NMA said, "Five alarming facts have emerged from this new information that compel EPA to reconsider and stay the rule" [as follows]:
- EPA failed to consider the cumulative impact of its power sector regulations on grid reliability, as recommended by Federal Energy Regulatory Commission (FERC) staff. Even after FERC staff estimated possible retirement of as much as 40 percent of the entire coal-based generation fleet, EPA did not pursue a rigorous analysis of reliability impacts;
- EPA incorrectly assumed power can be transmitted freely within broad geographic regions of the countrydiscounting cautions raised by FERC, Regional Transmission Organizations (RTO) and Independent System Operators (ISO);
- FERC has only provided "preliminary" and "tentative" analysis to EPA that is "inadequate to use as a basis for decision making," according to FERC Chairman Jon Wellinghoff and contrary to EPA's assertions;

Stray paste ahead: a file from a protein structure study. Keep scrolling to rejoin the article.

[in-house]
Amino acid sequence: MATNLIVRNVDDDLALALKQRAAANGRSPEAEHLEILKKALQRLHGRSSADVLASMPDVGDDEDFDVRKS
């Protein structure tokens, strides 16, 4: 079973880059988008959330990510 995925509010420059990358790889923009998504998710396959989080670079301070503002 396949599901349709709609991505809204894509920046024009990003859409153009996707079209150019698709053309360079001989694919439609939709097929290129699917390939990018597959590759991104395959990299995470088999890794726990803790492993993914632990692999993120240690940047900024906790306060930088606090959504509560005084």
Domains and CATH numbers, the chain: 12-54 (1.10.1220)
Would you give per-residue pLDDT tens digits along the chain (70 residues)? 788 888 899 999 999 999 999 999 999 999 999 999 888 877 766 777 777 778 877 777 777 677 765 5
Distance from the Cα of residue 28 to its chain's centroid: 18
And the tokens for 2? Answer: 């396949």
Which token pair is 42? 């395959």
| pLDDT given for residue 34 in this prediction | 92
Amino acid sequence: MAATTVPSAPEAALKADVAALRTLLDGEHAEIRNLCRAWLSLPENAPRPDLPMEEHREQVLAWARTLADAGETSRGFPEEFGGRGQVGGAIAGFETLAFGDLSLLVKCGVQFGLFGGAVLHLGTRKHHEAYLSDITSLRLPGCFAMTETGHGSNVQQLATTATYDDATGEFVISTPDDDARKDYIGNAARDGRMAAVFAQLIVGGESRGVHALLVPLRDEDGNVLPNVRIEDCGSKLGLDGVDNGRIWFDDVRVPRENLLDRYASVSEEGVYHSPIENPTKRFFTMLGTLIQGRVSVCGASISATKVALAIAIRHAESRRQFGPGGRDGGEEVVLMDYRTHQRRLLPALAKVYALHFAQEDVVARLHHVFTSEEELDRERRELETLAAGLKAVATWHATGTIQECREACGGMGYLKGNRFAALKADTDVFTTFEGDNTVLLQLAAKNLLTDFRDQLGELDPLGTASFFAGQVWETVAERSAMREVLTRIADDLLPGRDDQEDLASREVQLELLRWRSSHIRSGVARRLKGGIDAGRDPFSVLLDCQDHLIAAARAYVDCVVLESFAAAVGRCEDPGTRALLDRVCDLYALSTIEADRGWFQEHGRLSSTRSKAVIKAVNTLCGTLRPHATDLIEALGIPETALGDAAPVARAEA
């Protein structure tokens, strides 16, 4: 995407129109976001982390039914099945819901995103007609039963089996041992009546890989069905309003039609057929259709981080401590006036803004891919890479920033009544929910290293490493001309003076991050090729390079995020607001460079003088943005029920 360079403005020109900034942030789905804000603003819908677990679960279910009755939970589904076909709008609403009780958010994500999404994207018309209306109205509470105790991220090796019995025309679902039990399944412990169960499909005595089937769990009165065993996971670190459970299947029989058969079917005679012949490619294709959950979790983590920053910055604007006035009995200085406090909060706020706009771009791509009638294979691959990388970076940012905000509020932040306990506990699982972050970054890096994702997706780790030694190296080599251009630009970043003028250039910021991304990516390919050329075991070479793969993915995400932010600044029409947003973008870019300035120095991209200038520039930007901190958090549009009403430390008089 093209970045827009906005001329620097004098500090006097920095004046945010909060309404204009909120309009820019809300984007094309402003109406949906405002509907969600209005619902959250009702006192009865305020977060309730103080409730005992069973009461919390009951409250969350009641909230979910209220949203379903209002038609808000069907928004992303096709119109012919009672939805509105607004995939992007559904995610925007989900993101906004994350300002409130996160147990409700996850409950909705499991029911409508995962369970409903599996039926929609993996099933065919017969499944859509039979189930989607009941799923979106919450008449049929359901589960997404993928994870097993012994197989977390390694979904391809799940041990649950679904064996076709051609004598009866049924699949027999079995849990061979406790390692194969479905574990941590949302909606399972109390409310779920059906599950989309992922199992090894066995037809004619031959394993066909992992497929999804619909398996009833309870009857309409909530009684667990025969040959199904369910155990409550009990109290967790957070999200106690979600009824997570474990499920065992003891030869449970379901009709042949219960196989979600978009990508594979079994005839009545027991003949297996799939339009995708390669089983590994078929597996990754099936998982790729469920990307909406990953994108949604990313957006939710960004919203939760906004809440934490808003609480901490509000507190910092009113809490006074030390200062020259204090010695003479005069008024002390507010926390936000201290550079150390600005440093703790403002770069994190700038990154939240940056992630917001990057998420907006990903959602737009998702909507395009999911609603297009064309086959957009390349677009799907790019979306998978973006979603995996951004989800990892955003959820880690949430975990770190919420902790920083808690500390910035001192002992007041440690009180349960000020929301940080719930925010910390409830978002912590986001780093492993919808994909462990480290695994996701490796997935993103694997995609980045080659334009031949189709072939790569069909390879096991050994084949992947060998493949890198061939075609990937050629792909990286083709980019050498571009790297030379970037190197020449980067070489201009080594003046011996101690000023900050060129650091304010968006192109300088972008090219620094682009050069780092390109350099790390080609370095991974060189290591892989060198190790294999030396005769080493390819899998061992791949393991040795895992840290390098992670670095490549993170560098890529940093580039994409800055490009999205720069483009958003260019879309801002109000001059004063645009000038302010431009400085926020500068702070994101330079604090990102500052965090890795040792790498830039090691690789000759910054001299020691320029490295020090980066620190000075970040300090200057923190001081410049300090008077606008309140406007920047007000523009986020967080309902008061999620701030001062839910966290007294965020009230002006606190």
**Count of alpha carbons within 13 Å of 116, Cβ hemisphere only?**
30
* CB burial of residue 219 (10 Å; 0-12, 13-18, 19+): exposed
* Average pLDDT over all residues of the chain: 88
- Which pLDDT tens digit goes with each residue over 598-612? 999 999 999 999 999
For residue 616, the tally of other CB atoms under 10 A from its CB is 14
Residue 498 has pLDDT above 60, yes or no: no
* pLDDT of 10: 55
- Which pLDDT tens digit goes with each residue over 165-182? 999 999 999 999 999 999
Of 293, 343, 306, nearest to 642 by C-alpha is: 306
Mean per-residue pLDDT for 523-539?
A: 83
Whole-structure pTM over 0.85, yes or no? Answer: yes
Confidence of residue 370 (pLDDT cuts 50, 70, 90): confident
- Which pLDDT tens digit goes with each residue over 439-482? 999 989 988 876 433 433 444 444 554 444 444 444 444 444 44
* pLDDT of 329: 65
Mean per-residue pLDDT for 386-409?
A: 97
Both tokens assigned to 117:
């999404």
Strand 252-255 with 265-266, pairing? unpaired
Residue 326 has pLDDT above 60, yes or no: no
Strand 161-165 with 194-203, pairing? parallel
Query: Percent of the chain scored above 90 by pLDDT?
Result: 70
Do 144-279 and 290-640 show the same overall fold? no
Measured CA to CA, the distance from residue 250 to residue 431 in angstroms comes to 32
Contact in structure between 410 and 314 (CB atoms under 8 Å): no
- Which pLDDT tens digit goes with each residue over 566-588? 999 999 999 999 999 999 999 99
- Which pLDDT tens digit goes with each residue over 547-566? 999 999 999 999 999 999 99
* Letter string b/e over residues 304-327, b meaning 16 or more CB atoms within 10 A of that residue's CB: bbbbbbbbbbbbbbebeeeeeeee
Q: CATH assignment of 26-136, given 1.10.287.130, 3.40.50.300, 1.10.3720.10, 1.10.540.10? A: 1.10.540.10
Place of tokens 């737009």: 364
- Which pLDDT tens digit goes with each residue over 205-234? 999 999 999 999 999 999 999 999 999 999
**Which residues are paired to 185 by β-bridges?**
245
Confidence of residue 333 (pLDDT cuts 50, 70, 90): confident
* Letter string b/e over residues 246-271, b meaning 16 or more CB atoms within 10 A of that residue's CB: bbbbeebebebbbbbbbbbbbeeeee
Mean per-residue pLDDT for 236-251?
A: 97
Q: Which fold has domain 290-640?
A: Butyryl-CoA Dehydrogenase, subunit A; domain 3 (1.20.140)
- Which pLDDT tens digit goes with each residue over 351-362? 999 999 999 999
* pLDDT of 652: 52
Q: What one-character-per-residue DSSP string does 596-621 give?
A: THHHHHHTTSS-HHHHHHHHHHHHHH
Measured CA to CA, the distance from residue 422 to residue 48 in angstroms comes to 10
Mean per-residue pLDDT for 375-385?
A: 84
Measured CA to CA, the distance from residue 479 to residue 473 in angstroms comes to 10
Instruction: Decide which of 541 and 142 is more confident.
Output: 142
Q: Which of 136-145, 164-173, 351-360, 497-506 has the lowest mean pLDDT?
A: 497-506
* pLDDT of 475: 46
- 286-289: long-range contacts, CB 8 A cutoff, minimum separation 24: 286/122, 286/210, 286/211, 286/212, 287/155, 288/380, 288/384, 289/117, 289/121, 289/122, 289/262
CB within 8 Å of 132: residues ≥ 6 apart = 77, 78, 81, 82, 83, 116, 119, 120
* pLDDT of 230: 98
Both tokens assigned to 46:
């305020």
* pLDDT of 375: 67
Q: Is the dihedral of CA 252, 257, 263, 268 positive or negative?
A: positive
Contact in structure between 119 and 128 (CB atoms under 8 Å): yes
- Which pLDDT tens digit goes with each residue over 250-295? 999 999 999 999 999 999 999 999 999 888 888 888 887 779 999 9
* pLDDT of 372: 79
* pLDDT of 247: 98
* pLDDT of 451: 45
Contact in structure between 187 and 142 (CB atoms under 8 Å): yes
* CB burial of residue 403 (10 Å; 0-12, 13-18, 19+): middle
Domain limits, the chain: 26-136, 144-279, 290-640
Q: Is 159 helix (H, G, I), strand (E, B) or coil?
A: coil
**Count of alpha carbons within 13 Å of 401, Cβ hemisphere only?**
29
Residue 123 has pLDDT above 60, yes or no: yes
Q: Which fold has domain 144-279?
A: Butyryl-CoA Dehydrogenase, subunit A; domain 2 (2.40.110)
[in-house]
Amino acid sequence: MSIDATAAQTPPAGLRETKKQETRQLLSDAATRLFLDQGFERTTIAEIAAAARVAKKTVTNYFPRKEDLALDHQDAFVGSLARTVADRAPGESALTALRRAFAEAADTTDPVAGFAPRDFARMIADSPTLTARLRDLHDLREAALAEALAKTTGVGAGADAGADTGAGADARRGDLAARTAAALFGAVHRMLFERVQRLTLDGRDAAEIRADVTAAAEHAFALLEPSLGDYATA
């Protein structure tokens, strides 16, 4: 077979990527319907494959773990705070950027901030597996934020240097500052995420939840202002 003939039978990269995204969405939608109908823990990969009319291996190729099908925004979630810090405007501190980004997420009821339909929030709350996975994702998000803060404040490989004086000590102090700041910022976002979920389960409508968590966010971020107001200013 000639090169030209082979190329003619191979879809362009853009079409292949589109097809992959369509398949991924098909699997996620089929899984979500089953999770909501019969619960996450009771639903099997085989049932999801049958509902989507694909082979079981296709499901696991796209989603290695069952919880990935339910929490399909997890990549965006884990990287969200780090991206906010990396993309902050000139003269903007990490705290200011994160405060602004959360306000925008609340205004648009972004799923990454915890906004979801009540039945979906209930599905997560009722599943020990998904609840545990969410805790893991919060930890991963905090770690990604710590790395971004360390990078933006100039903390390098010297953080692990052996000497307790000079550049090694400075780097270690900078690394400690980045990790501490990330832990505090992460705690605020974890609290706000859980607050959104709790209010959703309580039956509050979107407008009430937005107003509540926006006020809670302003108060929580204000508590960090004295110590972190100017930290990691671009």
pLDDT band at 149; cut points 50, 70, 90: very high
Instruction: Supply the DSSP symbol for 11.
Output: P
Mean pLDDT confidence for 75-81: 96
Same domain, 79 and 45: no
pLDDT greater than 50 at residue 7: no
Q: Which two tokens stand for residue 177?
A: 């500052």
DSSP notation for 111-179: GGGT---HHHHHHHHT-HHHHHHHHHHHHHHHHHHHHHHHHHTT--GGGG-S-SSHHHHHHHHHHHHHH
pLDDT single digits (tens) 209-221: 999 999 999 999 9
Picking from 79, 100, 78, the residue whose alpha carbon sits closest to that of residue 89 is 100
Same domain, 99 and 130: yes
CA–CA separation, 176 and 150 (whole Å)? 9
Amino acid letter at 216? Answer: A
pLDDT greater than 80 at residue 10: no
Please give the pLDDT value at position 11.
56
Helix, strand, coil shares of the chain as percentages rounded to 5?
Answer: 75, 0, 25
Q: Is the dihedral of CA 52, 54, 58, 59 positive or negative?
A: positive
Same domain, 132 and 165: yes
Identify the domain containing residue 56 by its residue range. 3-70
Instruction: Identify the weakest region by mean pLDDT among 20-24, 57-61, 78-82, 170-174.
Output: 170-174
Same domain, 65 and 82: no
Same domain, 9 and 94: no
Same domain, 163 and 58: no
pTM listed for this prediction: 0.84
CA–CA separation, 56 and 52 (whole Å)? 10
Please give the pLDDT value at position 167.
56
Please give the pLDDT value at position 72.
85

- FERC staff have questioned whether the compliance deadlines set forth in EPA's regulations were too expedited to allow utilities sufficient lead-time to replace retiring resources -- raising additional reliability concerns; and
- EPA disclosed none of the consultations that occurred with FERC or other agencies responsible for grid reliability, nor is there a public record of those consultations, contrary to EPA's assertion it would operate in a "fishbowl" and in violation of EPA's rulemaking responsibilities.
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